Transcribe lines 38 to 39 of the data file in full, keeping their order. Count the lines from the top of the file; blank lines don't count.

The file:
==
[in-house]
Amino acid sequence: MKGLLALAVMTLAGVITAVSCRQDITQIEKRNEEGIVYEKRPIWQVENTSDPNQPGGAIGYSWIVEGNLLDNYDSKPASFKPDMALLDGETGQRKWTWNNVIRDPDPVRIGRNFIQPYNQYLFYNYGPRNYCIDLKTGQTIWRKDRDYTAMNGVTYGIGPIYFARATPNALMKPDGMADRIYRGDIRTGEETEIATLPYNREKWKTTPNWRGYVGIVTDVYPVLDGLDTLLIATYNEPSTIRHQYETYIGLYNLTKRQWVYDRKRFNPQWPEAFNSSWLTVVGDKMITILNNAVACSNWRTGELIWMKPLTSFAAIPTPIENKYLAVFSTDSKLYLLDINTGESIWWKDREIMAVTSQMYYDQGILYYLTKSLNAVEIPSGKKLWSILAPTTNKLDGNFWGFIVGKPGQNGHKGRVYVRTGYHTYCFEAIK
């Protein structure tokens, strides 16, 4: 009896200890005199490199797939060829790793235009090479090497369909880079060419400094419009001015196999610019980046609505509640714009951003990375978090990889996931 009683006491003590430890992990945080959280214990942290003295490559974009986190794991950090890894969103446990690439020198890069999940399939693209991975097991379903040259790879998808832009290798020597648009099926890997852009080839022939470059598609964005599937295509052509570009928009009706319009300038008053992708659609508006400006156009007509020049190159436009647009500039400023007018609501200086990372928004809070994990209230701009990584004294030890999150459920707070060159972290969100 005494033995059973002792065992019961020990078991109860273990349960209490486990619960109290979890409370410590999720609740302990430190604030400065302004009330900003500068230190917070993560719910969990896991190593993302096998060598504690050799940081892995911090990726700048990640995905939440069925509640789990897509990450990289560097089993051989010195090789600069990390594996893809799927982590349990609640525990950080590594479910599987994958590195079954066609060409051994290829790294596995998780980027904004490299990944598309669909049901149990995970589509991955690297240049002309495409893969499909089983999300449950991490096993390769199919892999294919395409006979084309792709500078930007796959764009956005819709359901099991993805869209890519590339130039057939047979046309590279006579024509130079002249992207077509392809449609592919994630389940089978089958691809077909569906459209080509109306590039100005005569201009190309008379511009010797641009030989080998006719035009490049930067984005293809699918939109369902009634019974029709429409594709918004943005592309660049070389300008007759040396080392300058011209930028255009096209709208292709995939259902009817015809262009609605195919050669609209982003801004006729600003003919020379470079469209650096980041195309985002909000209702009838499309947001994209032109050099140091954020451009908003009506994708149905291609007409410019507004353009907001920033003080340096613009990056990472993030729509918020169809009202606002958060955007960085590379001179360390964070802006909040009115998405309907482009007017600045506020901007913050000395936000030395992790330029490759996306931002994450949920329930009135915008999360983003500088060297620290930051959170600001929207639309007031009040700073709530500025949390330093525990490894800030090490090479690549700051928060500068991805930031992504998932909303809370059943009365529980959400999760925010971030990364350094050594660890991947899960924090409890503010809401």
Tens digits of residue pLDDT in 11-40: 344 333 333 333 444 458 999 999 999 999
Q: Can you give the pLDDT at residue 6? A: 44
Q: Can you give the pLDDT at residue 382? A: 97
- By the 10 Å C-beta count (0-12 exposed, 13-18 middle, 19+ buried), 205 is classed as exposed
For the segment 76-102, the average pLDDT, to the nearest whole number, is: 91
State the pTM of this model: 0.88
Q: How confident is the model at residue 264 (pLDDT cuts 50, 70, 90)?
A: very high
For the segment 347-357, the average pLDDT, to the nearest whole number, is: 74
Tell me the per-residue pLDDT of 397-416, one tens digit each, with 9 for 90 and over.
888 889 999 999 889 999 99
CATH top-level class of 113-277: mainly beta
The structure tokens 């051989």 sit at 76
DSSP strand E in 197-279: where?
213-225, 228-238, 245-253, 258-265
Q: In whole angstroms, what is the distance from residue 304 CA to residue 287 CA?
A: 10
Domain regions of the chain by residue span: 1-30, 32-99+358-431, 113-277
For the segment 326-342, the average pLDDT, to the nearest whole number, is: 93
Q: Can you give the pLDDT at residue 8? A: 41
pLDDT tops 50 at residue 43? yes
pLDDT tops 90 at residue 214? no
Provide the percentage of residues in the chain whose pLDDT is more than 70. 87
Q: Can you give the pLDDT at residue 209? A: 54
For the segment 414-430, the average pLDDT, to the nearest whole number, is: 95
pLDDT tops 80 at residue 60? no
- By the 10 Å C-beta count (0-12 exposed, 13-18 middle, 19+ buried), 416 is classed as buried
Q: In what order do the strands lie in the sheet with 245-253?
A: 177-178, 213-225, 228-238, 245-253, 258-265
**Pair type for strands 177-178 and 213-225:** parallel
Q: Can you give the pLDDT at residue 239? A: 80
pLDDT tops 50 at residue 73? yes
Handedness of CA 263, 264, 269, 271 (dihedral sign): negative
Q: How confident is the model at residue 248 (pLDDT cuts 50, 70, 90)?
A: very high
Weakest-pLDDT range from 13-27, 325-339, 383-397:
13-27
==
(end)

A: very high
Weakest-pLDDT range from 13-27, 325-339, 383-397: